Find a Financial Planner Who’s a Cool Cucumber

Don’t panic, and look for an adviser who will look out for your best interests.

(Image credit: ©2018 Mark Umstot)

Harold Evensky is a certified financial planner and author of Hello Harold: A Veteran Financial Advisor Shares Stories to Help Make You Be a Better Investor.

Where should investors who are interested in hiring a financial planner look for advice? We recommend looking for the three p’s of advice givers: philosophy, or what they believe and how consistent they’ve been in their approach; process, or how they make their philosophy work in the real world; and people—their experience, track record, staff and professional credentials.

Look for certified financial planners. A CFP is required to serve as a fiduciary, which means the adviser has the responsibility to act in your best interest, rather than the best interest of a firm’s bottom line. That’s a higher standard than the one for brokers. Brokers are not required to disclose conflicts of interest or provide an investment recommendation that is best for the client’s needs. A broker’s recommendation must be “suitable” for your risk tolerance and investment goals, but it might not be the lowest-cost alternative.

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What do you tell clients during market downturns or periods of volatility? The consequences of selling investments in response to a market downturn can decimate your long-term plans. That’s because you need to time when you’re getting out and back in. The market moves fast: If investors don’t get back in as it recovers, they miss out on rising prices. Down markets are a chance to buy when stocks are low and to rebalance your portfolio to get back to your target allocation of stocks, bonds and cash. Those who look long-term and rebalance along solid parameters are going to recover far sooner than those who got out or who didn’t do anything during a downturn.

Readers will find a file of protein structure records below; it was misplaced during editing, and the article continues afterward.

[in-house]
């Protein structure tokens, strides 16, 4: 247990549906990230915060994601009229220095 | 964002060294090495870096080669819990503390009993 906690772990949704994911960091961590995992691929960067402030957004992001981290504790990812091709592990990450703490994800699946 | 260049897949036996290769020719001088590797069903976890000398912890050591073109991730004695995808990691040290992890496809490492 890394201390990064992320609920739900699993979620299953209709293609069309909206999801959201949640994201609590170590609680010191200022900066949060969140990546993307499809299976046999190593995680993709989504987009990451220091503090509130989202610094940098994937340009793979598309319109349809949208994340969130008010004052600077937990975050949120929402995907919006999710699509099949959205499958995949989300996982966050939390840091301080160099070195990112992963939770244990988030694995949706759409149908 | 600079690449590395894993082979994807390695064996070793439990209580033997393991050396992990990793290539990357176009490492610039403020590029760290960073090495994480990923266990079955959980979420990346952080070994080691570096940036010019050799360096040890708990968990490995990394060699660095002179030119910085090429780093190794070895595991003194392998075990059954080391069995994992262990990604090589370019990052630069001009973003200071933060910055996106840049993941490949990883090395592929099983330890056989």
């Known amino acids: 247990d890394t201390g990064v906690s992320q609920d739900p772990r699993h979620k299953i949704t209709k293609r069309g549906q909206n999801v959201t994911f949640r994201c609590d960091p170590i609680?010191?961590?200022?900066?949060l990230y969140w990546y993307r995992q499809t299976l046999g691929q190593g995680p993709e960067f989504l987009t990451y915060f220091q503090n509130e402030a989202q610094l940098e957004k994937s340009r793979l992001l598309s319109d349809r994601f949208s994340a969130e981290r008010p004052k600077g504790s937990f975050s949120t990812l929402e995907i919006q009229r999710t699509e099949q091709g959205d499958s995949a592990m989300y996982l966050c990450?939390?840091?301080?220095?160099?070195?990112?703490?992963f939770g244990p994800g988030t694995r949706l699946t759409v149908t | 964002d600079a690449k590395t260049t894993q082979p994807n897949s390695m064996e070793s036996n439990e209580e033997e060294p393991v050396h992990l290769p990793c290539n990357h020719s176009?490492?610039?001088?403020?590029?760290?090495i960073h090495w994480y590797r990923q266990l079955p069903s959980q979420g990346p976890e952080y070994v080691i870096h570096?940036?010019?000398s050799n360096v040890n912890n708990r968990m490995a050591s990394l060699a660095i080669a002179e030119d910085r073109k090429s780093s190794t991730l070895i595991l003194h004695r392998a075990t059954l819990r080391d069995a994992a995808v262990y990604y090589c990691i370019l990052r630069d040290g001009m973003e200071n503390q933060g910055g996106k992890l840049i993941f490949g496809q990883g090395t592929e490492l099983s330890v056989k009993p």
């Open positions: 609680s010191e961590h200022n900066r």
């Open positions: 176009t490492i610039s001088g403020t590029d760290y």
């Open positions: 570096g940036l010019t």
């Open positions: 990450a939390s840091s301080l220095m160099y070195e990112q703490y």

What advice do you have for investors who say they want to move their investments out of the market to avoid risk? Investors confuse certainty and safety. They think they can go to cash, certain they won’t lose money, but that’s not actually safe for your long-term financial well-being. You need to have assets in the market to keep up with taxes and inflation. If you go all-in on CDs, for instance, you simply won’t have adequate returns to keep up with the cost of living. Certainty comes from good planning, not an investment with a certain return.

Any other advice for investors? Turn off the TV and radio. The day-to-day volatility you hear about is noise. If you look at history, these talking heads have never been right, and they don’t know more than anyone else.

Brendan Pedersen
Staff Writer, Kiplinger's Personal Finance
Brendan joined Kiplinger in 2018 and writes about technology, security and money. A Chicagoland native, he graduated from DePaul University with degrees in journalism and political science. Before moving to Washington, D.C., Brendan covered local politics for NBC Chicago and daily news for BusinessDen in Colorado.